issue. "That experience really gave me a sense of responsibility to the
public. I was losing my sense of humanity. Now, every day, I feel more
and more responsible in the act of communicating and sharing and really
trying to be as generous as possible as an artist."
Koons' most ardent critics concede that he is an enormously influential
figure, but he has always appeared to be a mass of contradictions
--fresh-scrubbed and sincere on the one hand, cynical marketing genius
on the other. While he no longer claims to be creating "some of the
greatest art being made now" or says he has "absolutely assumed the
leadership of the art world," he is increasingly emphatic about his
work's value to himself and others.
"Art is more important to
me and gives me more enjoyment every day," he says. "I look at art as
an activity based in philosophy and psychology and theology. It used to
be the great communicator; the medium was used for propaganda or other
ends. When it lost aspects of that power to the entertainment industry
and other areas, it was able to return to more of a primal activity.
And I love the primal."
Which is to say, in part, that Koons
still revels in sexual innuendo, if not explicit imagery. "I'm always
interested in sex; it is how our species survives," he says.
hasn't given up imagery associated with childhood either. Still, "the
dialogue here is more adult," he says of his new work. "The more
cartoon-like, animated surface has been removed, so the work seems
slightly more threatening or dangerous. Maybe there is not so much
protection on the surface."
In his new work, Koons has gone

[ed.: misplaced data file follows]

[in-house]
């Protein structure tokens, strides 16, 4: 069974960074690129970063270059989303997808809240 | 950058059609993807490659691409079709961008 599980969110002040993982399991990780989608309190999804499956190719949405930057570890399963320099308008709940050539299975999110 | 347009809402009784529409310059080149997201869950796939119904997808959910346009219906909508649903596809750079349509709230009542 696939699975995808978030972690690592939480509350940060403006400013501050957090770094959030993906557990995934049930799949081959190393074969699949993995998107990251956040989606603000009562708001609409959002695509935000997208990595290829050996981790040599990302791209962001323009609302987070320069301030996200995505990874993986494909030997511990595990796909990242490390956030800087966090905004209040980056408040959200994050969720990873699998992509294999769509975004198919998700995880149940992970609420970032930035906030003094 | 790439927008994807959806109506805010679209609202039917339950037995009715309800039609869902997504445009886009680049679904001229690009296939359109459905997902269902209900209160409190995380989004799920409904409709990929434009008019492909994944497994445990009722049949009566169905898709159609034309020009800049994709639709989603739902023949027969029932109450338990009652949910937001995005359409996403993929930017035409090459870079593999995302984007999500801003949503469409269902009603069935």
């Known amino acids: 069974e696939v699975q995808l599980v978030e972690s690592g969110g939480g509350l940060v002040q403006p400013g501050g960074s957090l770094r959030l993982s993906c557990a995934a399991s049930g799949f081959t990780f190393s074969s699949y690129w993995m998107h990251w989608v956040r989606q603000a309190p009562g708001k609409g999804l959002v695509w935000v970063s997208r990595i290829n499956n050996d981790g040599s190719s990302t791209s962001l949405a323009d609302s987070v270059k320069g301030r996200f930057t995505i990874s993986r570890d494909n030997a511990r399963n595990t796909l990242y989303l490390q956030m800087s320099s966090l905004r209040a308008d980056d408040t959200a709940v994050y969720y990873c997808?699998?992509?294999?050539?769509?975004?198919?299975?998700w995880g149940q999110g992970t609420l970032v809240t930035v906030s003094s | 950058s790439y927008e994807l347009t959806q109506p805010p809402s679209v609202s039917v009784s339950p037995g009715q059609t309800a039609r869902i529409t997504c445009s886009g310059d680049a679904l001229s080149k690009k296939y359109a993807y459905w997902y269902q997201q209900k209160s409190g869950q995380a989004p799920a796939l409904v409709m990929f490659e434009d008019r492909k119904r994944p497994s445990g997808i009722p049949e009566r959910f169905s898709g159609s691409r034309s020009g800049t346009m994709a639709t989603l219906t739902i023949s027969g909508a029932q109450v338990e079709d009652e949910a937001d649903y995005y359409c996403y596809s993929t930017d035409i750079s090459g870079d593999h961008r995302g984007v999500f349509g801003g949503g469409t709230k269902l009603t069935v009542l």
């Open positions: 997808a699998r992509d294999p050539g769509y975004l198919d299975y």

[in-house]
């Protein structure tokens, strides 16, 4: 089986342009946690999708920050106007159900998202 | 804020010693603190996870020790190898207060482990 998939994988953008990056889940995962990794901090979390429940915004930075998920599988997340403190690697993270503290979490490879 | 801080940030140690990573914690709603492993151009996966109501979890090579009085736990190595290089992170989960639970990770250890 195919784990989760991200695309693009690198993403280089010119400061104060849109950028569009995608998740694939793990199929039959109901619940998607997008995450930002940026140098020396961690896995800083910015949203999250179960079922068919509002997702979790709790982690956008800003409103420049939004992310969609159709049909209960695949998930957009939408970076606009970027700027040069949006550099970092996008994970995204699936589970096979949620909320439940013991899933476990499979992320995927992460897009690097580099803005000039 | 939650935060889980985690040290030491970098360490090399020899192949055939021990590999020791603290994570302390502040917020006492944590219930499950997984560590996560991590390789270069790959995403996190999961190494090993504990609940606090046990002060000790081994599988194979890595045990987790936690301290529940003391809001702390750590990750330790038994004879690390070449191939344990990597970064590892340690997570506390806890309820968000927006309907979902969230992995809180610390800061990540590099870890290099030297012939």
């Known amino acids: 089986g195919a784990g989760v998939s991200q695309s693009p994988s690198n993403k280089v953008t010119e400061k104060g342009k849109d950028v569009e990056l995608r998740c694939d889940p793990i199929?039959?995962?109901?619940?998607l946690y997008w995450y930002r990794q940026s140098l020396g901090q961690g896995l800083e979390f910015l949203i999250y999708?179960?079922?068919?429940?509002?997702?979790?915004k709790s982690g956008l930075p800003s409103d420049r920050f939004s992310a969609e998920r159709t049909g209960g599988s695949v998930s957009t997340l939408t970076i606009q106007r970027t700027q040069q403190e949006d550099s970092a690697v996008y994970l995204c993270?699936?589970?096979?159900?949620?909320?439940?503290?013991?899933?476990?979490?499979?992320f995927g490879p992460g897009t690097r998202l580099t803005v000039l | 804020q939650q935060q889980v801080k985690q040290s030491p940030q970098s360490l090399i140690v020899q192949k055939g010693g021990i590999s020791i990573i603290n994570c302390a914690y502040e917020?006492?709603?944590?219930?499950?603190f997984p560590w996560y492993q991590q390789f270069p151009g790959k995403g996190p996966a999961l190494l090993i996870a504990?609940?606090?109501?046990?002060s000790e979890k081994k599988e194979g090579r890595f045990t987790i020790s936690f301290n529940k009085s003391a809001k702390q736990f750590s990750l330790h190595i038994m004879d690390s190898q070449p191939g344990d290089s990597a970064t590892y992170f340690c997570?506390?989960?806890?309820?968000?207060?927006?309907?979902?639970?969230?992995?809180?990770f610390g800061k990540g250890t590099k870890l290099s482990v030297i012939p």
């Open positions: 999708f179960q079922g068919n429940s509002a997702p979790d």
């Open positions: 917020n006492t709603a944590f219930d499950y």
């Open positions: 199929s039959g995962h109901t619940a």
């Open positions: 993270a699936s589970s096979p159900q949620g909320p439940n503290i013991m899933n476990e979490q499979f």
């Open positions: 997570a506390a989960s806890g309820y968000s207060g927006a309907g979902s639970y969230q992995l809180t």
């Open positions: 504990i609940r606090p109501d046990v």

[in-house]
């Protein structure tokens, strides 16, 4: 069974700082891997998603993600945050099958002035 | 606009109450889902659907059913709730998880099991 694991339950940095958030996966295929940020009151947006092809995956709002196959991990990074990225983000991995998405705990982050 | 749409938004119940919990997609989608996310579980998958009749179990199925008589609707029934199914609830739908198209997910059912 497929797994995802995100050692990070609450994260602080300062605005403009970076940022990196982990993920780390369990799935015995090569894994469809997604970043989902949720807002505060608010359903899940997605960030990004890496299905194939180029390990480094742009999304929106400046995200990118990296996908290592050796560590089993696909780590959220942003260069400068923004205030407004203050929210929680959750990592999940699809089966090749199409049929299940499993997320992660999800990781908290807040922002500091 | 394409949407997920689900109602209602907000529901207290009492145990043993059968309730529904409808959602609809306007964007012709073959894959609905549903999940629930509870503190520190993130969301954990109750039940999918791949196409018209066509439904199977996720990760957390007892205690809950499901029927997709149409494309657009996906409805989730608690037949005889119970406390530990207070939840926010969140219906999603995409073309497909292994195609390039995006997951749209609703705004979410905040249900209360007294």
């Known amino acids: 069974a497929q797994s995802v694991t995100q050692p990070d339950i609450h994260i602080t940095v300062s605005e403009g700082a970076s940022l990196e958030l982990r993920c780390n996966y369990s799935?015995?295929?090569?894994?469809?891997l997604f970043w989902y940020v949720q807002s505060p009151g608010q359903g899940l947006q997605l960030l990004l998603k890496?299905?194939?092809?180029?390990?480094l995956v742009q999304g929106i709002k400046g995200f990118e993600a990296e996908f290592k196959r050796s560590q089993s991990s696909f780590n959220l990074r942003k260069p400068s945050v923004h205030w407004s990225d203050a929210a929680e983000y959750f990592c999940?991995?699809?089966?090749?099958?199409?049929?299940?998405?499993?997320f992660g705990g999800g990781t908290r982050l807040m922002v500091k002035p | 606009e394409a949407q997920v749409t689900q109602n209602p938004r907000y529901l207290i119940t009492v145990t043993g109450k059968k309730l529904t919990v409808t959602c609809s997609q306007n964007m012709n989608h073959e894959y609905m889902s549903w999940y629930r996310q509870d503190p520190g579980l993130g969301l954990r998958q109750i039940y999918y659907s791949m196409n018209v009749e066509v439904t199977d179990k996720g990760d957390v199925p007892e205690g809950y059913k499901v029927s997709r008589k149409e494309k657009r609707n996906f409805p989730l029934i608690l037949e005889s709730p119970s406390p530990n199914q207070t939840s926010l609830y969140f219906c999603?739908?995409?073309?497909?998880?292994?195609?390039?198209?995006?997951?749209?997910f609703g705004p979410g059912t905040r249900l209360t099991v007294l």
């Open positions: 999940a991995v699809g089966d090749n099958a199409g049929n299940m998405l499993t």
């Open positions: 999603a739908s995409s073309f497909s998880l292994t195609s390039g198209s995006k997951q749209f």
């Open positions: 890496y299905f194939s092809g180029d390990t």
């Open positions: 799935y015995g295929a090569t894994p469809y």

back to painting, a skill he developed in his youth. But just as he
designed statuary to be fabricated by technicians during his heyday, he
now dreams up collage-style paintings that are meticulously painted by
The latest crop--at Gagosian--is part of his
"Easyfun--Ethereal" series. Loaded with images of floating bikinis and
hair, fragmented nudes, juicy food and idyllic landscapes, the
paintings explore elusive, vaguely Surreal imagery in an airy style
that blends one form into another.
"As an artist, the only
thing I can do is trust in myself," he says of his creative process.
"Different things catch my eye, so I go through a lot of source
material--the world around me, magazines, anything that captures my
attention. If something tells me it's interesting, I go with it."
those gleanings, he creates collages on a Xerox machine and a computer,
then plays with color and dissolves parts of the pictures. One favorite
approach is to remove bathing beauties' bodies but keep their bikinis
"I think the effect is quite sexual when the bodies
drop out," he says. "There's a sense of being able to pass through the
body completely, and that kind of space is also very spiritual."
painting, Runaway, is a bit like a tightrope, he says, pointing out